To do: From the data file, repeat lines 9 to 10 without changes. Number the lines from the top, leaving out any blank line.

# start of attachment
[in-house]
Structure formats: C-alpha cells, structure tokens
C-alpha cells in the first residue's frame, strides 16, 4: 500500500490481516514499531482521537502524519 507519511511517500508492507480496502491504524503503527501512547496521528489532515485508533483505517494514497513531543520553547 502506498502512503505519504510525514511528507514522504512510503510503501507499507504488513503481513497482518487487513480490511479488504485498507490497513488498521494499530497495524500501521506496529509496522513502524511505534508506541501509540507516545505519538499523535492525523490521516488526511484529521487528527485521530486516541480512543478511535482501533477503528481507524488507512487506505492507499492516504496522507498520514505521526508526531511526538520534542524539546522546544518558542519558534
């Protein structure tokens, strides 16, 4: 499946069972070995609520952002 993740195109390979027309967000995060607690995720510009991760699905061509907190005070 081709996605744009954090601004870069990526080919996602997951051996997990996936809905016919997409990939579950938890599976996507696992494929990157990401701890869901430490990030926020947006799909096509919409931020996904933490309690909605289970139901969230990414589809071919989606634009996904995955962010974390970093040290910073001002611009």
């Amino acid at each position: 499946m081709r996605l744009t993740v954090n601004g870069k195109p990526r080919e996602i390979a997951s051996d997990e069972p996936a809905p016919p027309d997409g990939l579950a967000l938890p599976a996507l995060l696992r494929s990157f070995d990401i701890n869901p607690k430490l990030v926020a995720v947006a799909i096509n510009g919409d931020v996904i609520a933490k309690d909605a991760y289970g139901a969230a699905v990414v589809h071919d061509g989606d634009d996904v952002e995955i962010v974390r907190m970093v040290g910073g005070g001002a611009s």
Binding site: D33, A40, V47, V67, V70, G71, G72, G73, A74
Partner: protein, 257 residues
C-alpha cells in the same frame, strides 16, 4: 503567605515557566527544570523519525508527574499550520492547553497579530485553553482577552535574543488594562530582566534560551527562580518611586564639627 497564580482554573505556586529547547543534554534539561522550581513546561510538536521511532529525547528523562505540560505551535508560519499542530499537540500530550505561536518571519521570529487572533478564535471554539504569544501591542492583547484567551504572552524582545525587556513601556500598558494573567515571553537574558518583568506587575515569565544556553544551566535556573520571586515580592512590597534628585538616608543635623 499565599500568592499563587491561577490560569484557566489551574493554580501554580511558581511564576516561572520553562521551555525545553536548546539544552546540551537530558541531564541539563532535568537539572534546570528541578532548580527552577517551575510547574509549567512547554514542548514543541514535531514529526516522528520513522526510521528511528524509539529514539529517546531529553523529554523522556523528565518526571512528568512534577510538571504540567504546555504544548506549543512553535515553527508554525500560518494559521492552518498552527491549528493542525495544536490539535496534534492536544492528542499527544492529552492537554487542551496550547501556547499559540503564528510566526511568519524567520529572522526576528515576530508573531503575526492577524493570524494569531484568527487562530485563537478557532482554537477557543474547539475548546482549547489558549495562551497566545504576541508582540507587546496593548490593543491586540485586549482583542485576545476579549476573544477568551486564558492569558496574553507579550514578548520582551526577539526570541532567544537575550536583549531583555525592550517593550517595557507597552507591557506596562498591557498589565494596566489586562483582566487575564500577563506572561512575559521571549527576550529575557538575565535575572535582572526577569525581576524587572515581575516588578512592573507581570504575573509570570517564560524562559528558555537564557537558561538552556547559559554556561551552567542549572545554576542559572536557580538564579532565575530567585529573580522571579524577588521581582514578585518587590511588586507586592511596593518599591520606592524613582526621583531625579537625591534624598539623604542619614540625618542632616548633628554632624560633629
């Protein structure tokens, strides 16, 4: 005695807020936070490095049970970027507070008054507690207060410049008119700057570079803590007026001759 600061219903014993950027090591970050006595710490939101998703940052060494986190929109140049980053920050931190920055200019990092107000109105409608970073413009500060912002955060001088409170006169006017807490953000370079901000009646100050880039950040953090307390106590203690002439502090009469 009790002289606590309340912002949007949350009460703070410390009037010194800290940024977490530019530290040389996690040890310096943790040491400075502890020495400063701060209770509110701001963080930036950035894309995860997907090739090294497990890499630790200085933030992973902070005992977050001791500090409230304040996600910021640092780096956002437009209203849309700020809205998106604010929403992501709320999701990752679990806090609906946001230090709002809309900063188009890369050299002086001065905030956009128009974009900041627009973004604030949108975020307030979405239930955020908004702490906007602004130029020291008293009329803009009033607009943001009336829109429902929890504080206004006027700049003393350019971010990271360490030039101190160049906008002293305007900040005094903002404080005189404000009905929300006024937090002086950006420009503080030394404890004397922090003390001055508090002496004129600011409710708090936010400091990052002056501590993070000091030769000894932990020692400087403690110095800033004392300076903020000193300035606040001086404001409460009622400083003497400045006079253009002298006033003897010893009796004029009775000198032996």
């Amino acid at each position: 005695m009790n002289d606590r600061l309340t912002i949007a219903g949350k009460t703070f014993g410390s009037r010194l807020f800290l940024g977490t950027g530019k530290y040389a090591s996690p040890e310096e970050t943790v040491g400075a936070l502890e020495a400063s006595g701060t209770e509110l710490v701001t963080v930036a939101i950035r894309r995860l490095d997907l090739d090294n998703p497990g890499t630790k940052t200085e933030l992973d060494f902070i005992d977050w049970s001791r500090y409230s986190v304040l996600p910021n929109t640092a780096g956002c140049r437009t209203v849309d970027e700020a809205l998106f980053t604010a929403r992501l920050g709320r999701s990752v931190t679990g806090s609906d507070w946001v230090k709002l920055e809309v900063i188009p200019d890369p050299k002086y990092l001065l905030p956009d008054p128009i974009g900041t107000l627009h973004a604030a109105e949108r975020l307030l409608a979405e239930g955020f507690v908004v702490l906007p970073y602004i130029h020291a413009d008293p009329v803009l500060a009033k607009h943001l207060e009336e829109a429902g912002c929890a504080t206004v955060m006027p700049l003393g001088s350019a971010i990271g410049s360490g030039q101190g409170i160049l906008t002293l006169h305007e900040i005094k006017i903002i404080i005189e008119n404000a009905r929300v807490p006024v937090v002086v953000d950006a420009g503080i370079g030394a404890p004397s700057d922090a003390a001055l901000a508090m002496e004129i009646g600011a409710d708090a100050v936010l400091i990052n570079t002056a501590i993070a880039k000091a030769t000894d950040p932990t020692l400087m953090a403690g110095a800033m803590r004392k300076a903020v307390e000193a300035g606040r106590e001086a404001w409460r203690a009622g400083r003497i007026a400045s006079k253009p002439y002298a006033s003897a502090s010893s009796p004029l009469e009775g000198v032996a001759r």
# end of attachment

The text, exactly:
């Protein structure tokens, strides 16, 4: 005695807020936070490095049970970027507070008054507690207060410049008119700057570079803590007026001759 600061219903014993950027090591970050006595710490939101998703940052060494986190929109140049980053920050931190920055200019990092107000109105409608970073413009500060912002955060001088409170006169006017807490953000370079901000009646100050880039950040953090307390106590203690002439502090009469 009790002289606590309340912002949007949350009460703070410390009037010194800290940024977490530019530290040389996690040890310096943790040491400075502890020495400063701060209770509110701001963080930036950035894309995860997907090739090294497990890499630790200085933030992973902070005992977050001791500090409230304040996600910021640092780096956002437009209203849309700020809205998106604010929403992501709320999701990752679990806090609906946001230090709002809309900063188009890369050299002086001065905030956009128009974009900041627009973004604030949108975020307030979405239930955020908004702490906007602004130029020291008293009329803009009033607009943001009336829109429902929890504080206004006027700049003393350019971010990271360490030039101190160049906008002293305007900040005094903002404080005189404000009905929300006024937090002086950006420009503080030394404890004397922090003390001055508090002496004129600011409710708090936010400091990052002056501590993070000091030769000894932990020692400087403690110095800033004392300076903020000193300035606040001086404001409460009622400083003497400045006079253009002298006033003897010893009796004029009775000198032996």
């Amino acid at each position: 005695m009790n002289d606590r600061l309340t912002i949007a219903g949350k009460t703070f014993g410390s009037r010194l807020f800290l940024g977490t950027g530019k530290y040389a090591s996690p040890e310096e970050t943790v040491g400075a936070l502890e020495a400063s006595g701060t209770e509110l710490v701001t963080v930036a939101i950035r894309r995860l490095d997907l090739d090294n998703p497990g890499t630790k940052t200085e933030l992973d060494f902070i005992d977050w049970s001791r500090y409230s986190v304040l996600p910021n929109t640092a780096g956002c140049r437009t209203v849309d970027e700020a809205l998106f980053t604010a929403r992501l920050g709320r999701s990752v931190t679990g806090s609906d507070w946001v230090k709002l920055e809309v900063i188009p200019d890369p050299k002086y990092l001065l905030p956009d008054p128009i974009g900041t107000l627009h973004a604030a109105e949108r975020l307030l409608a979405e239930g955020f507690v908004v702490l906007p970073y602004i130029h020291a413009d008293p009329v803009l500060a009033k607009h943001l207060e009336e829109a429902g912002c929890a504080t206004v955060m006027p700049l003393g001088s350019a971010i990271g410049s360490g030039q101190g409170i160049l906008t002293l006169h305007e900040i005094k006017i903002i404080i005189e008119n404000a009905r929300v807490p006024v937090v002086v953000d950006a420009g503080i370079g030394a404890p004397s700057d922090a003390a001055l901000a508090m002496e004129i009646g600011a409710d708090a100050v936010l400091i990052n570079t002056a501590i993070a880039k000091a030769t000894d950040p932990t020692l400087m953090a403690g110095a800033m803590r004392k300076a903020v307390e000193a300035g606040r106590e001086a404001w409460r203690a009622g400083r003497i007026a400045s006079k253009p002439y002298a006033s003897a502090s010893s009796p004029l009469e009775g000198v032996a001759r």